Everyone I know who was around during the 1960s tells me how much better that decade was. I kid you not. Are they all lying? Is there a strong hint of hyperbole in their words? I was unfortunate to miss out on the baby-boomer bonanza, born as I was some time during the Age of Disco. However, I’ve done a little research in the library and listened to the tales of my elders. Here’s what I discovered about the Swingin’ Sixties:
There were more jobs back then, there was less antisocial behaviour, living costs were cheaper, the motorways were never crowded and household refuse was collected on a weekly basis. There were more greengrocers, butchers and fishmongers (the supermarkets hadn’t swallowed them up, yet), but fewer fast-food outlets. Children spent most of their leisure time playing outdoors and consequently had fewer allergies and were a lot healthier. There was no nanny state, no health and safety risk aversion. Islamic fundamentalism had yet to rear its ugly head in Britain and niqabs were never worn. We exported more and most British businesses were not owned by some foreign corporation. Most manufactured goods people bought had ‘made in the UK’ stamped on them, which meant that they were built to last. Insolent children got a good slap and learned their lesson well. Single motherhood was abnormal. Men carried knives around, even at work, but didn’t feel the need to stab each other after every argument. Guns were more easily available, yet there was less violent crime. It was common for films and TV shows to have a damsel in distress in them, because there weren’t that many whiney feminists to kick up a fuss. Driving home after a few drinks was normal. Council estates had respectable working-class people living in them, rather than benefit-scrounging, heroin-addicted troglodytes. Planet Earth’s population was smaller. Schools taught ‘O’ levels, not Mickey-Mouse GCSEs, so pupils had to spell correctly and remember lots of facts, not simply regurgitate a narrow curriculum for the sake of ‘targets’. Raising children was much cheaper, because parents weren’t expected to buy the latest expensive gadget for their offspring. The economy didn’t rely on Christmas for its survival. There was a narrower gap between rich and poor. Reality television did not exist.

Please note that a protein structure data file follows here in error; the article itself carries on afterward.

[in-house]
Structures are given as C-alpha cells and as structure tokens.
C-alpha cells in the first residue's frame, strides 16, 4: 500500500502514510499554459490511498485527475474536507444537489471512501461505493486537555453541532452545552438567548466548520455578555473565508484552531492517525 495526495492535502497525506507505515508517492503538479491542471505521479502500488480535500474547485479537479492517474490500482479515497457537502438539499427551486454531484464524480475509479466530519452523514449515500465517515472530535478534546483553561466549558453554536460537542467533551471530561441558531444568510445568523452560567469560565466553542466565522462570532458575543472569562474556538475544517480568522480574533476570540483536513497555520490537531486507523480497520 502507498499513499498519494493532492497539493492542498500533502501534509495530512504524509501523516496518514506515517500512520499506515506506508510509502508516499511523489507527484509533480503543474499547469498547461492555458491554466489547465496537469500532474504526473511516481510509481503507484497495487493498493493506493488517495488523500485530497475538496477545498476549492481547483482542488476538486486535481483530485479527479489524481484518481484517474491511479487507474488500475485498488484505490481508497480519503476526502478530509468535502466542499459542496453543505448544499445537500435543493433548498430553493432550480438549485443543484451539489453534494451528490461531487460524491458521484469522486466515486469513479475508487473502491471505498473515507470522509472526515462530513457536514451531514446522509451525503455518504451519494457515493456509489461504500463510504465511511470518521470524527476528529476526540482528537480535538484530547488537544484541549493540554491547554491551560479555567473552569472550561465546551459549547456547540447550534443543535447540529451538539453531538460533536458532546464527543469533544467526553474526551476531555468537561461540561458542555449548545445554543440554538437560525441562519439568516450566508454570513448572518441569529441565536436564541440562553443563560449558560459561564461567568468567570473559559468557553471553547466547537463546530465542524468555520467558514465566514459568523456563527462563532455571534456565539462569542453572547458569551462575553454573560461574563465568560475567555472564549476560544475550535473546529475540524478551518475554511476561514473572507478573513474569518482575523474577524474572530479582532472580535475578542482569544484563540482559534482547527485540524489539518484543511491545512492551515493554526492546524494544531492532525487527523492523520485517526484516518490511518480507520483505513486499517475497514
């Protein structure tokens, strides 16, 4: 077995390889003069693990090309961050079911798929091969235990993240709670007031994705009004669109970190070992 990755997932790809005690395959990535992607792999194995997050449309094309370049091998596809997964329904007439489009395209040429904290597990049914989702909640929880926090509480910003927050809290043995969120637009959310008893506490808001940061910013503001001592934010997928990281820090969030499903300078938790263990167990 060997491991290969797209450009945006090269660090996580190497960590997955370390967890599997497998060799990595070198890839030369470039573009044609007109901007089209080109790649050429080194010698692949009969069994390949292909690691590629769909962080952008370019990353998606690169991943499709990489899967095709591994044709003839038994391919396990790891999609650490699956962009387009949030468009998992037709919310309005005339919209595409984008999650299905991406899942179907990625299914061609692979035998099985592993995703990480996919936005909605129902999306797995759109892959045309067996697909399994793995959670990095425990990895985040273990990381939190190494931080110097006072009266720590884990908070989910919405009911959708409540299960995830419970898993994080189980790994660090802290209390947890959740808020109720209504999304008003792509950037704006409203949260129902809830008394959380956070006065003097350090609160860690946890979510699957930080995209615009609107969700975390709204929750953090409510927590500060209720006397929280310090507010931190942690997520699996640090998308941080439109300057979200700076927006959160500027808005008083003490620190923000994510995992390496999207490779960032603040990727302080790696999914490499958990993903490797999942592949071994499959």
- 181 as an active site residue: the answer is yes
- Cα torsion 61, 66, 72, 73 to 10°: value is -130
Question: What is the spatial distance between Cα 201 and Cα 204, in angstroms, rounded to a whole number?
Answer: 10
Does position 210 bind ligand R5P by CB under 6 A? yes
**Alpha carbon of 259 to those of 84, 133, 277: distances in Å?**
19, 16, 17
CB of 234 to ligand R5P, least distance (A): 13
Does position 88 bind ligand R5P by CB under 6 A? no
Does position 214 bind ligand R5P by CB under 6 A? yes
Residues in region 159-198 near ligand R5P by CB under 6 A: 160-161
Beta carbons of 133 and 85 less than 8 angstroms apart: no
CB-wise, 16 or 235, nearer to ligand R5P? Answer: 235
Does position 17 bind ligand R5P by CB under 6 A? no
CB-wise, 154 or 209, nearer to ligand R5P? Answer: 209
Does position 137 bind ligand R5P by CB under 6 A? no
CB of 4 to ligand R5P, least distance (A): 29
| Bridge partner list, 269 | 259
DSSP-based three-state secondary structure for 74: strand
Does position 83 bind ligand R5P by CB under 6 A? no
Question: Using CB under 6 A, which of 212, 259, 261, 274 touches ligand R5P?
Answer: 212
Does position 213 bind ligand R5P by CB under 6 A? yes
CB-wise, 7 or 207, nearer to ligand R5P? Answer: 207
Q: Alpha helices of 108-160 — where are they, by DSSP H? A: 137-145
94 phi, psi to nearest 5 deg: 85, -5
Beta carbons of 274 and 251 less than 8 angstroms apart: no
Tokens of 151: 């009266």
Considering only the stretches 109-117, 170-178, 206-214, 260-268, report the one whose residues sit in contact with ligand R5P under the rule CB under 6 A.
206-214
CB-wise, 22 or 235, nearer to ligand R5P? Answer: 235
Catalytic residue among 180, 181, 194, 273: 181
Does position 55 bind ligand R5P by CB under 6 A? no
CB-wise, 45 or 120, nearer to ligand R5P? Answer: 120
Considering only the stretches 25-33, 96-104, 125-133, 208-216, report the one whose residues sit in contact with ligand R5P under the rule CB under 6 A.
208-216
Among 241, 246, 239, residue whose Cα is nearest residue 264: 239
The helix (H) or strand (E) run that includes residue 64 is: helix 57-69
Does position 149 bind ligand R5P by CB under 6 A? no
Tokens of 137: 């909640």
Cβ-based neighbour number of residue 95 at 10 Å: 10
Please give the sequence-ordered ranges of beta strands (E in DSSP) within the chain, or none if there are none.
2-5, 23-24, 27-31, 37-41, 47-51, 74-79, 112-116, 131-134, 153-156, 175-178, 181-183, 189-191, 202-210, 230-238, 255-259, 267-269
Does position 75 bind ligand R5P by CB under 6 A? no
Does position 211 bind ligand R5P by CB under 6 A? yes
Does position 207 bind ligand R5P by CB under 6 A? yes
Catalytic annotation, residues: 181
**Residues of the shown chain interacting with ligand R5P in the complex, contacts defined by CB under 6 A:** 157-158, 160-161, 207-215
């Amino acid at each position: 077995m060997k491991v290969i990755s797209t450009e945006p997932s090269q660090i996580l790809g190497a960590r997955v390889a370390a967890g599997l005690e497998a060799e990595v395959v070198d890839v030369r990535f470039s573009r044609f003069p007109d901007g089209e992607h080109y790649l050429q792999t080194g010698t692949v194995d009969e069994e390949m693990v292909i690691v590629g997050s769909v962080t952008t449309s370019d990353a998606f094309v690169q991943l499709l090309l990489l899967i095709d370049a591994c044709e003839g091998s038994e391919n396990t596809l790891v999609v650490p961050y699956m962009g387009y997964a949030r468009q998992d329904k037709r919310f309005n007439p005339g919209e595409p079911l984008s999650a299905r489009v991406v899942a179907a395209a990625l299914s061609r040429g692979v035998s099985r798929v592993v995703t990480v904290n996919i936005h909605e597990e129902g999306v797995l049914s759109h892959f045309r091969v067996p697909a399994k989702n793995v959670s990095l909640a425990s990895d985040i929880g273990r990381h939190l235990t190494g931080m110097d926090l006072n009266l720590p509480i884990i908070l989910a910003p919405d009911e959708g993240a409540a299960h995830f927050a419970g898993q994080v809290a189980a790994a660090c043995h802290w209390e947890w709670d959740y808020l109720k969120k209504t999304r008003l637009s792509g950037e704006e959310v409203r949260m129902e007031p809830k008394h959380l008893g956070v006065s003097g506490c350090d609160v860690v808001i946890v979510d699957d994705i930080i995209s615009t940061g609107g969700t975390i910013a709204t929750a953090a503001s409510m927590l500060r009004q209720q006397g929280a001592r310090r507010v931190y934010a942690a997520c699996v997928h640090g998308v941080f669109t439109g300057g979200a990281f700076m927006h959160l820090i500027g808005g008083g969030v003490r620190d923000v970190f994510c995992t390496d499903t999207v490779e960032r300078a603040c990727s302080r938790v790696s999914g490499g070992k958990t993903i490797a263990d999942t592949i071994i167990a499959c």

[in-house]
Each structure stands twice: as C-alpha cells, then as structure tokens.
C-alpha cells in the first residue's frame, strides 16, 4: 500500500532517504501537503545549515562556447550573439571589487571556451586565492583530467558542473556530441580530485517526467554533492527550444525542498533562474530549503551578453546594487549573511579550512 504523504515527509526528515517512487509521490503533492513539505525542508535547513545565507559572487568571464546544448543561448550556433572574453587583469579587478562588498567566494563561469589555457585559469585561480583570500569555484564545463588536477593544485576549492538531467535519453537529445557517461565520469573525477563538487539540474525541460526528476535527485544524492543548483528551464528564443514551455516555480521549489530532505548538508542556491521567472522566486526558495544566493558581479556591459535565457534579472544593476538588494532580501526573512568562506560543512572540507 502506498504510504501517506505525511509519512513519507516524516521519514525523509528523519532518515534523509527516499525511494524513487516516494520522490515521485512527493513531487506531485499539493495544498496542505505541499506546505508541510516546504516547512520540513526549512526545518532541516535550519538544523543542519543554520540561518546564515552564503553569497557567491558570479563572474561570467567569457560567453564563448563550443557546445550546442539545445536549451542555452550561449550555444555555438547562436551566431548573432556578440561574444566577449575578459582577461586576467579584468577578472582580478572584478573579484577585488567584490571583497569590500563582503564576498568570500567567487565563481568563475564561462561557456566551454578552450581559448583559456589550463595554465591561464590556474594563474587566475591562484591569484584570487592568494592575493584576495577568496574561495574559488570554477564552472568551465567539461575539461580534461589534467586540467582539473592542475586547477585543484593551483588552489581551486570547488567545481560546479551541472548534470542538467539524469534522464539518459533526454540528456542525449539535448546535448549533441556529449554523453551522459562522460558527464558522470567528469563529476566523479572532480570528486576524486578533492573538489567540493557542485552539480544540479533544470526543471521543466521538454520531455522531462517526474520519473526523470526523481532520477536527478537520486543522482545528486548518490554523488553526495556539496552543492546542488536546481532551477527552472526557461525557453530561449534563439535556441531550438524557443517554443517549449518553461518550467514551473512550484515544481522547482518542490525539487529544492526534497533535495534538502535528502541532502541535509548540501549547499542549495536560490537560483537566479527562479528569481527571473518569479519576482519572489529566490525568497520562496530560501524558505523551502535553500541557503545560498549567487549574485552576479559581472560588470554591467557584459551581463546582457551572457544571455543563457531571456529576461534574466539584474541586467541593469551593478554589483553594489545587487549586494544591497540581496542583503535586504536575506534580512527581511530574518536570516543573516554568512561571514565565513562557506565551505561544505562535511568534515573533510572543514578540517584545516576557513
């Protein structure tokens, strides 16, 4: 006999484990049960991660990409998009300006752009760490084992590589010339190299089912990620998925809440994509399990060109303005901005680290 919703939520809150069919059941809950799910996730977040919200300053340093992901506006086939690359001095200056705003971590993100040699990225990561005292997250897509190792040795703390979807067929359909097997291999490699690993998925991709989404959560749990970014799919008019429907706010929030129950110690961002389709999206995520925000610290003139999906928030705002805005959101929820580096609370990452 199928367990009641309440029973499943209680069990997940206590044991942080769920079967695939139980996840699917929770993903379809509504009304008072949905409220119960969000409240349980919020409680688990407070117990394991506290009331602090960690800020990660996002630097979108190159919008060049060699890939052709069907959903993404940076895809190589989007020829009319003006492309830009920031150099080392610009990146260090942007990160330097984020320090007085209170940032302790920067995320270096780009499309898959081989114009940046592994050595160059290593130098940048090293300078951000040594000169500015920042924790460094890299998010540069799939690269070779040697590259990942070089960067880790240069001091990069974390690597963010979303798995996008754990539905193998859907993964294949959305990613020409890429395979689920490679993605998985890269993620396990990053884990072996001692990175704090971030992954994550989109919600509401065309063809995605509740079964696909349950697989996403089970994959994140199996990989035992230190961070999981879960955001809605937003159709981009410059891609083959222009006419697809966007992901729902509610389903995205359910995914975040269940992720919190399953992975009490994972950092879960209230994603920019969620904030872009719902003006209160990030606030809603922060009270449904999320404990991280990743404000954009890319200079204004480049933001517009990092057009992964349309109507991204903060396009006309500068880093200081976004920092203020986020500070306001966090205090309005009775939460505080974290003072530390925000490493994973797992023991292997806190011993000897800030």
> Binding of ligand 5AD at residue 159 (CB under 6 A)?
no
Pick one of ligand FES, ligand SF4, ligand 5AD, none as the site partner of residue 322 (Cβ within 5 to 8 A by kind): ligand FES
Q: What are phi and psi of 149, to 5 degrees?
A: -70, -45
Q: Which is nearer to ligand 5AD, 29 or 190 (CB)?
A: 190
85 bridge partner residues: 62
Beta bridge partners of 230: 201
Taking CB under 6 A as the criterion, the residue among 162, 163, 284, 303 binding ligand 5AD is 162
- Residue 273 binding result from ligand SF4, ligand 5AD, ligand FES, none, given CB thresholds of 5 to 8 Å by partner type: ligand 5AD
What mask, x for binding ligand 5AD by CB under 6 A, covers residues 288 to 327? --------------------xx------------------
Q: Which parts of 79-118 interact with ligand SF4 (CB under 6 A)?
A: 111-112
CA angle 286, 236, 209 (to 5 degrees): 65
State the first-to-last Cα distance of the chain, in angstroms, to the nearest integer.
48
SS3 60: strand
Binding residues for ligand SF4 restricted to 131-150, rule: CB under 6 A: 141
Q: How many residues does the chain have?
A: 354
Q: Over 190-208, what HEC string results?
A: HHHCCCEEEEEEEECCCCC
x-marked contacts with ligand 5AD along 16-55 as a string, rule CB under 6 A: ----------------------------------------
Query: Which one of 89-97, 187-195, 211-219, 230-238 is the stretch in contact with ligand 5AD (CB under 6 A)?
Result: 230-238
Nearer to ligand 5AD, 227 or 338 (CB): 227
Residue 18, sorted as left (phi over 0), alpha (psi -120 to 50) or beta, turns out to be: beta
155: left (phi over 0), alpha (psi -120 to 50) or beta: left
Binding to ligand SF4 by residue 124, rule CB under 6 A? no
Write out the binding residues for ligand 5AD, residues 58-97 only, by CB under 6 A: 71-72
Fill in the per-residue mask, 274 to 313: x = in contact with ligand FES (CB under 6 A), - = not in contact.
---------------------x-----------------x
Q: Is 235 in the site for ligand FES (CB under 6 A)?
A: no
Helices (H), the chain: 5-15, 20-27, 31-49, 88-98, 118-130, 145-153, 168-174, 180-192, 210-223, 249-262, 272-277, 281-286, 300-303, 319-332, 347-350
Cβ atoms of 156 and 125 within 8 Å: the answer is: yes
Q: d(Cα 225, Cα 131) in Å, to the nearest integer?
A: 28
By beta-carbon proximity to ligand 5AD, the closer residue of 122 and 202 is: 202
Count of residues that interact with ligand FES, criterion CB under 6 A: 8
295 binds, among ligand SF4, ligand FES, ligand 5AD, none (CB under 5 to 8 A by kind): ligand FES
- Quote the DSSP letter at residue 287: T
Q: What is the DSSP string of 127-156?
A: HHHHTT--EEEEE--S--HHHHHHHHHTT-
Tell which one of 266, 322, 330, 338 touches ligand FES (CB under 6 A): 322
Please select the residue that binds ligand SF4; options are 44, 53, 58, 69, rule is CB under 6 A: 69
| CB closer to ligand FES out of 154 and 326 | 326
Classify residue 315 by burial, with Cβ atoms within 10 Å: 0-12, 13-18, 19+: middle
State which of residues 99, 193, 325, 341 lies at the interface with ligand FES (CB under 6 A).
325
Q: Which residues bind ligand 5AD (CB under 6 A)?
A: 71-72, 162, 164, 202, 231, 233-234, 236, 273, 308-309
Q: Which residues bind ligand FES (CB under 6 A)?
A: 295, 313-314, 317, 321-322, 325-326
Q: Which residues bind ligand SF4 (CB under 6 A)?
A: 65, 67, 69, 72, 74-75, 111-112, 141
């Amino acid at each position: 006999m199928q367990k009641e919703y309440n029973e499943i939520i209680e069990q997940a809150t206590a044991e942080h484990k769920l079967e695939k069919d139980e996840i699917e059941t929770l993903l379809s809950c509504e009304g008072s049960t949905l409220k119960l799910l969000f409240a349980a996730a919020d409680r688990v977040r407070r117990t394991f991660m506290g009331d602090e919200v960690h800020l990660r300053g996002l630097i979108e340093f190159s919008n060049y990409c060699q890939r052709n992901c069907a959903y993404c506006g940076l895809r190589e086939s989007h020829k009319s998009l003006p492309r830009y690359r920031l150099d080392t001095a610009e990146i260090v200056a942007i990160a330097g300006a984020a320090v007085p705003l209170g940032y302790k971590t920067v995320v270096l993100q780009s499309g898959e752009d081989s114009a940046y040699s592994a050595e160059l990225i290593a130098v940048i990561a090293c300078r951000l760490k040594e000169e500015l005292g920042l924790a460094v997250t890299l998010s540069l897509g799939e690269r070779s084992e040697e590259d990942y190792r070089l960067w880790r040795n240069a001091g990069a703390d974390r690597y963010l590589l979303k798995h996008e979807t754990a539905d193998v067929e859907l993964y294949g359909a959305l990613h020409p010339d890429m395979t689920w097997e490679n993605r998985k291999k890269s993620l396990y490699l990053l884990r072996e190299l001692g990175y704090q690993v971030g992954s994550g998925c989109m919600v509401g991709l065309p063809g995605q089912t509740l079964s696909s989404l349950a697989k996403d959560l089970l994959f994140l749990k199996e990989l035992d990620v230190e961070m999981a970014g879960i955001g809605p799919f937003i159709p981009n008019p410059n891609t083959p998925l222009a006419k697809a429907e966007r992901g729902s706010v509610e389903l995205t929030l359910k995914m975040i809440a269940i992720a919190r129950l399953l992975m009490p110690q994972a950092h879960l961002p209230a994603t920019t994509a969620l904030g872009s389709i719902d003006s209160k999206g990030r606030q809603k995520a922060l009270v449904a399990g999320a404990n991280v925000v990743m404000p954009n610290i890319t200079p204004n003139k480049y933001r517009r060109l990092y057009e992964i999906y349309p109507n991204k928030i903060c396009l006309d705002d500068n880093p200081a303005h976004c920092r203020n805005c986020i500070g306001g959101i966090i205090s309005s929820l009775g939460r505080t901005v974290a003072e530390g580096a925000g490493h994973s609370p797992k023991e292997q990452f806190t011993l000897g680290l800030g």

Quite a list, there. Don’t get me wrong – it can’t have been a gay old time for everyone who lived through those years. I suppose if you were black or Indian, it must have been a challenge with all the bigotry that was endemic at the time. Much has been learned in the past fifty years, but much has also been lost. We’ve gained the Worldwide Web (thanks to the English inventor, Sir Timothy Berners-Lee) and I don’t know how I’d cope without mobile phones. Machines are more efficient and it’s easier to travel around. However, I’m not fully convinced that cheap travel is necessarily a good thing. If I had a penny for every time some twentysomething bored me with his itinerary of the usual Thailand/Australia/New Zealand rite of passage, I’d be weighed down with a lot of shrapnel by now. It must have been a lot easier to get a date in the ‘60s, because one didn’t have to go on some voyage of self-discovery to Bongobongoland, living in a mud hut and washing one’s hair in recycled goat urine. With my enthusiasm for dressing up and my excellent dental hygiene, I would have been considered a living Adonis back then. Here, in the Age of Terror, I’m an anachronism.
Was it really better in the 1960s, or is this all an elaborate hoax crafted by the baby-boomers for reasons that cannot be discerned? Did you live through that magical decade? Could we ever see the like again? Answers on a postcard, boys and girls.